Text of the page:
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Wystan Stevens Leads His Annual Fall Tour Of Forest Hills Cemetery, November 1998

Wystan Stevens Leads His Annual Fall Tour Of Forest Hills Cemetery, November 1998 image
Published In
Ann Arbor News, November 2, 1998
Caption
Engaging a small crowd gathered at Forest Hills Cemetery, local historian Wystan Stevens points out some interesting facts about one of the grave sites at Forest Hills Cemetery. Stevens' annual Halloween weekend cemetery tour recounts much of Ann Arbor's history through the people buried there.

Wystan Stevens Leads His Annual Fall Tour Of Forest Hills Cemetery, November 1998

Wystan Stevens Leads His Annual Fall Tour Of Forest Hills Cemetery, November 1998 image
Published In
Ann Arbor News, November 2, 1998
Caption
Local historian Wystan Stevens tells the tales of many who are buried at Ann Arbor's Forest Hills Cemetery. 'This is where the history is," he says.
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Legacies Project Oral History: Richard Nowland

Tue, 12/10/2019 - 11:04am

Richard Nowland was born in Ann Arbor in 1932. He grew up on Eighth Street. He recalls family stories about Lower Town, including his Irish ancestor Andrew Nowland who settled in Ann Arbor in the 1820s. After serving as a social worker in the U.S. Army, Nowland returned to Michigan and got his master’s degree. He was a counselor at Washtenaw Community College and a principal at Clague Middle School for twenty years.

Richard Nowland was interviewed by students from Skyline High School in Ann Arbor in 2018 as part of the Legacies Project.

A tranquil spot for a walk through history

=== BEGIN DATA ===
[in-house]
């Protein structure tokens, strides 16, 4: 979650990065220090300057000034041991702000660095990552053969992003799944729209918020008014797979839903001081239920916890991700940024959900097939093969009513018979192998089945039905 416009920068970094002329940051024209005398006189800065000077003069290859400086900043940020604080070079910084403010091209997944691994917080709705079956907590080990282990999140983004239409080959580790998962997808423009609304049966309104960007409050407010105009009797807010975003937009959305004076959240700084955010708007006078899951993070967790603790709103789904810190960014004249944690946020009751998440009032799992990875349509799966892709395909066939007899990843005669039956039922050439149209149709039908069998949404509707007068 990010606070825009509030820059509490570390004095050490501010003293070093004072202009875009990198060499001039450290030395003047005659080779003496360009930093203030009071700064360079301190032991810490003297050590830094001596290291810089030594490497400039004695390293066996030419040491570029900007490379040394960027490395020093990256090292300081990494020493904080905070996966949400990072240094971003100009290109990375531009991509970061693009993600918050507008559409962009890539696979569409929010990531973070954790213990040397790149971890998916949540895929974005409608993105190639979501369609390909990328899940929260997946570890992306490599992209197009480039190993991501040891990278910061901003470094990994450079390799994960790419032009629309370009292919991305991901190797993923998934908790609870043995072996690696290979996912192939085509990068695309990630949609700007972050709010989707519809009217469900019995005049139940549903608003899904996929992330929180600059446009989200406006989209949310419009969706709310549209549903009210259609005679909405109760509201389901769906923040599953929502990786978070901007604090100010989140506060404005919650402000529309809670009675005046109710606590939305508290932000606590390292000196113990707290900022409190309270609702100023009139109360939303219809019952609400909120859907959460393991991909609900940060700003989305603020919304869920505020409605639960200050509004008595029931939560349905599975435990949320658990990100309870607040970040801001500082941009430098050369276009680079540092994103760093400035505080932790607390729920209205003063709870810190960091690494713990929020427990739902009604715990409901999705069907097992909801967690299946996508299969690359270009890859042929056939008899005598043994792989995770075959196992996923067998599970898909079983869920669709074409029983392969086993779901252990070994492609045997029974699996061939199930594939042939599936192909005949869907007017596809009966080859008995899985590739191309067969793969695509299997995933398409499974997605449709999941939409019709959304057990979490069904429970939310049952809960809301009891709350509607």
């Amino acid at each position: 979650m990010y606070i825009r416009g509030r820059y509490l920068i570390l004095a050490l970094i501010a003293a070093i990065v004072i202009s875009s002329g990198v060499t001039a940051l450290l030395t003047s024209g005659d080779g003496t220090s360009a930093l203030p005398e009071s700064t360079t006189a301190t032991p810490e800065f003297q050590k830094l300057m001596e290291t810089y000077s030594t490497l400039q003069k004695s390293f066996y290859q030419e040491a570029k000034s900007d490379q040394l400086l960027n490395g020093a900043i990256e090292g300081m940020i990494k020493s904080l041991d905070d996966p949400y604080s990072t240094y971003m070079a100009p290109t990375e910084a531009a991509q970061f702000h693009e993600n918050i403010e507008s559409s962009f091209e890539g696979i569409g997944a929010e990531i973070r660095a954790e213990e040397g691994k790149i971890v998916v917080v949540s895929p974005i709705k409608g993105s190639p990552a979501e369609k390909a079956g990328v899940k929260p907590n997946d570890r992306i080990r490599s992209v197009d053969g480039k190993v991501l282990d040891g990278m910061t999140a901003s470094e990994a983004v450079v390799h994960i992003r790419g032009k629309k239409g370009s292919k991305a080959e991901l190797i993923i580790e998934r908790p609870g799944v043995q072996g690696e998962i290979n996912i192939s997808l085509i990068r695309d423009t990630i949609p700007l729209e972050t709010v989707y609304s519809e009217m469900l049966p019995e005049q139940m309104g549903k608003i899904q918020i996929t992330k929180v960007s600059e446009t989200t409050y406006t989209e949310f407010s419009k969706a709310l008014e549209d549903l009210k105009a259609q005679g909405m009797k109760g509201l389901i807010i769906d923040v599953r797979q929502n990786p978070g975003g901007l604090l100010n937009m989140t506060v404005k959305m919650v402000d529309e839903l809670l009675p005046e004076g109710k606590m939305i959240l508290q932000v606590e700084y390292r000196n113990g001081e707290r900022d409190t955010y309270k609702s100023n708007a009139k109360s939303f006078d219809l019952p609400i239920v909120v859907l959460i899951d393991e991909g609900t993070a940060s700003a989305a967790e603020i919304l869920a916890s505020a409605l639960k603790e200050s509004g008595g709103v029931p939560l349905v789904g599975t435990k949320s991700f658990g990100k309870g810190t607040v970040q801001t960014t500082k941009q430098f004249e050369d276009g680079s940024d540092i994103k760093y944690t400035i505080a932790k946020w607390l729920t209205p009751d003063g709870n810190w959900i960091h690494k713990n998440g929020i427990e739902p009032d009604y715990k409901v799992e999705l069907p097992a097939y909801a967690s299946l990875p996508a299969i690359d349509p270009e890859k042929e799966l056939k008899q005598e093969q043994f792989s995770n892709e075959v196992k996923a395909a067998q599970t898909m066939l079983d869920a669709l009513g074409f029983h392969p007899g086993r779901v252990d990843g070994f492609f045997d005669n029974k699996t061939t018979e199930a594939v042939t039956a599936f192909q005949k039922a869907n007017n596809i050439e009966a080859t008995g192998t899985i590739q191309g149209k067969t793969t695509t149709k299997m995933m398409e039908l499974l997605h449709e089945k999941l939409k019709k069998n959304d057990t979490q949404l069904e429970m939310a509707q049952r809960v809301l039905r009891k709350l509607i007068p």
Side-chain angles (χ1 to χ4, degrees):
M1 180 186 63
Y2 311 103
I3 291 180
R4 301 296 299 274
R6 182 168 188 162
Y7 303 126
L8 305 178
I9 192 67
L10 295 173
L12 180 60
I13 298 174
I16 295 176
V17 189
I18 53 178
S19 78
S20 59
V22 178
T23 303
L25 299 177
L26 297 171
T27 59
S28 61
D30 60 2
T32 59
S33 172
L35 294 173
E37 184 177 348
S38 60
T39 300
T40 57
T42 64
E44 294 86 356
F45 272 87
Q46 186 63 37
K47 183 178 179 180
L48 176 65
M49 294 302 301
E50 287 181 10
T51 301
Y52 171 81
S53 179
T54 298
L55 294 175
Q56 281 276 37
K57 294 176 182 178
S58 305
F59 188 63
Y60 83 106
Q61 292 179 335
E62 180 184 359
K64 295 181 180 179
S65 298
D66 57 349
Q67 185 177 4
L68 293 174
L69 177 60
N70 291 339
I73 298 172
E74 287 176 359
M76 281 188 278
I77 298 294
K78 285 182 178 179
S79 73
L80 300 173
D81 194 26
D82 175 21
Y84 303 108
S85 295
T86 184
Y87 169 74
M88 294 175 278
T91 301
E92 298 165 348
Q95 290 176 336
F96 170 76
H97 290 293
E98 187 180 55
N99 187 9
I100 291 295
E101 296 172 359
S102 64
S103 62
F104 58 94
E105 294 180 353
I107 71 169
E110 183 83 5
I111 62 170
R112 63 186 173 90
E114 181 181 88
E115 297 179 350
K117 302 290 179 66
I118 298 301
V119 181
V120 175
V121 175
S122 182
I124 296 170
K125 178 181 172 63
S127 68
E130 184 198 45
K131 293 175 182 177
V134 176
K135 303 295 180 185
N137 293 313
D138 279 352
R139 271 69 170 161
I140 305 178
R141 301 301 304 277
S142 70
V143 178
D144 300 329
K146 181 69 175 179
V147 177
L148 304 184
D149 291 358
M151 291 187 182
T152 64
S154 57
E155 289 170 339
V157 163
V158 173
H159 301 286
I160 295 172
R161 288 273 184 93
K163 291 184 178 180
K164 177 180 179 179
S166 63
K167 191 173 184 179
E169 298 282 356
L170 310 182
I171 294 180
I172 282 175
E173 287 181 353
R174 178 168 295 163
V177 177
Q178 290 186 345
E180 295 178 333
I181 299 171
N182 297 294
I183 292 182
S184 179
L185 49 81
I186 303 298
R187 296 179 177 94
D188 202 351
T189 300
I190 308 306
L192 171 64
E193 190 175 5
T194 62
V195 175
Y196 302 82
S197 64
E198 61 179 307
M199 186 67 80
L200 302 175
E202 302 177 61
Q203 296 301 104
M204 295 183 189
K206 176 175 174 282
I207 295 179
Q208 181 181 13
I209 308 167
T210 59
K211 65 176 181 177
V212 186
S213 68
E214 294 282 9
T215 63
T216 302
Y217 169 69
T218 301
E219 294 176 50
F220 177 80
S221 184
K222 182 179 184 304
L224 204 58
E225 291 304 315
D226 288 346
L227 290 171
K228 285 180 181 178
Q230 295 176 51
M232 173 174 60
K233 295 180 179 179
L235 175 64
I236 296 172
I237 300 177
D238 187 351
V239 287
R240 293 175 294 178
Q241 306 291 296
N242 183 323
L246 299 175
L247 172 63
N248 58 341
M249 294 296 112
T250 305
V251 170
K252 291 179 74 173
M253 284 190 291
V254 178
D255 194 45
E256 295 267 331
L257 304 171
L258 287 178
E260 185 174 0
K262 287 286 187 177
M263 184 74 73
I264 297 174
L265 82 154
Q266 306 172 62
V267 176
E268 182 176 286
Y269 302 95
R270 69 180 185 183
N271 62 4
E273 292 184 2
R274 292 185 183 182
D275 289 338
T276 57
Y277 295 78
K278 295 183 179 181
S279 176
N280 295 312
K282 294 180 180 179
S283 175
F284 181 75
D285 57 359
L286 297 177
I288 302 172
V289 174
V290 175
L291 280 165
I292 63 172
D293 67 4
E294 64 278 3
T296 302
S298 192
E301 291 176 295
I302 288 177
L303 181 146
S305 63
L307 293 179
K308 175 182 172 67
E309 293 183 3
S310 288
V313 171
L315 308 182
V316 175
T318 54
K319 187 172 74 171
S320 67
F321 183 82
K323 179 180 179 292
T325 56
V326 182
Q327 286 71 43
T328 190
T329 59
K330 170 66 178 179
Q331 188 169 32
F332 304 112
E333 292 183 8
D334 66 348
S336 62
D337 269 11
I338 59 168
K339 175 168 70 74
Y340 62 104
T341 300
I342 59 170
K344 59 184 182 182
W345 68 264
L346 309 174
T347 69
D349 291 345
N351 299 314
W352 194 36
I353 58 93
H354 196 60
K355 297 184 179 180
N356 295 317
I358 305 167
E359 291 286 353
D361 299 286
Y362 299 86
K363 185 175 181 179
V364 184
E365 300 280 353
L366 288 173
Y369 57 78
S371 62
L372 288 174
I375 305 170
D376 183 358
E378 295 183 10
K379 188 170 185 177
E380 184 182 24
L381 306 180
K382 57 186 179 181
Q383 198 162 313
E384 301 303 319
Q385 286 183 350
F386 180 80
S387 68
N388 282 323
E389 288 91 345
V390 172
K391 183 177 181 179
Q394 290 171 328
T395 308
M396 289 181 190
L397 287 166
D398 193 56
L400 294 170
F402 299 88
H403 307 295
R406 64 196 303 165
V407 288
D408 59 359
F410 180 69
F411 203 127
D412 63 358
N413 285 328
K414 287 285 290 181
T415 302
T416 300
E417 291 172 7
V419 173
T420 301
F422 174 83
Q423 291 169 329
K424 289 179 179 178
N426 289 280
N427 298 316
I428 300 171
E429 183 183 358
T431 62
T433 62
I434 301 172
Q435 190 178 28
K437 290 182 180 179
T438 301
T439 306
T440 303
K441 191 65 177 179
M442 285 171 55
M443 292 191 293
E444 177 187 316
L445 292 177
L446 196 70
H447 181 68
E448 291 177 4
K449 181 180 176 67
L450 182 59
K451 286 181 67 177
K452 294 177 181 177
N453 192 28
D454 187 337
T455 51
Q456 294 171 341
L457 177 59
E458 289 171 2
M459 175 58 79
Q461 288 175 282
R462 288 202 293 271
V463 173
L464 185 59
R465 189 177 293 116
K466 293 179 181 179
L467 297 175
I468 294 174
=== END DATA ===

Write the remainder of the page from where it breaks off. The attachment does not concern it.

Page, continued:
A tranquil spot for a walk through history image
Parent Issue
Day
28
Month
October
Year
1987
Copyright
Copyright Protected

City Lights

City Lights image
Parent Issue
Day
5
Month
October
Year
1987
Copyright
Copyright Protected
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Arsenical Candy and Copper Peas: Food Adulteration in 19th-Century Michigan

Fri, 05/31/2019 - 11:36am

In 1896, Michigan consumers spent an estimated $23,000,000 ($690,000,000 today) on impure food products. Vinegars, spices, jam, cheese, coffee, and condiments were among the items tainted with additives ranging from benign to deadly. Local history writer Laura Bien gives an illustrated talk on the state’s history of food fraud and the efforts to quash it. This event is in partnership with the Culinary Historians of Ann Arbor (CHAA), an organization of scholars, cooks, food writers, nutritionists, collectors, students, and others interested in the study of culinary history and gastronomy. Their mission is to promote the study of culinary history through regular programs open to members and guests, through the quarterly newsletter Repast, and through exchanges of information with other such organizations.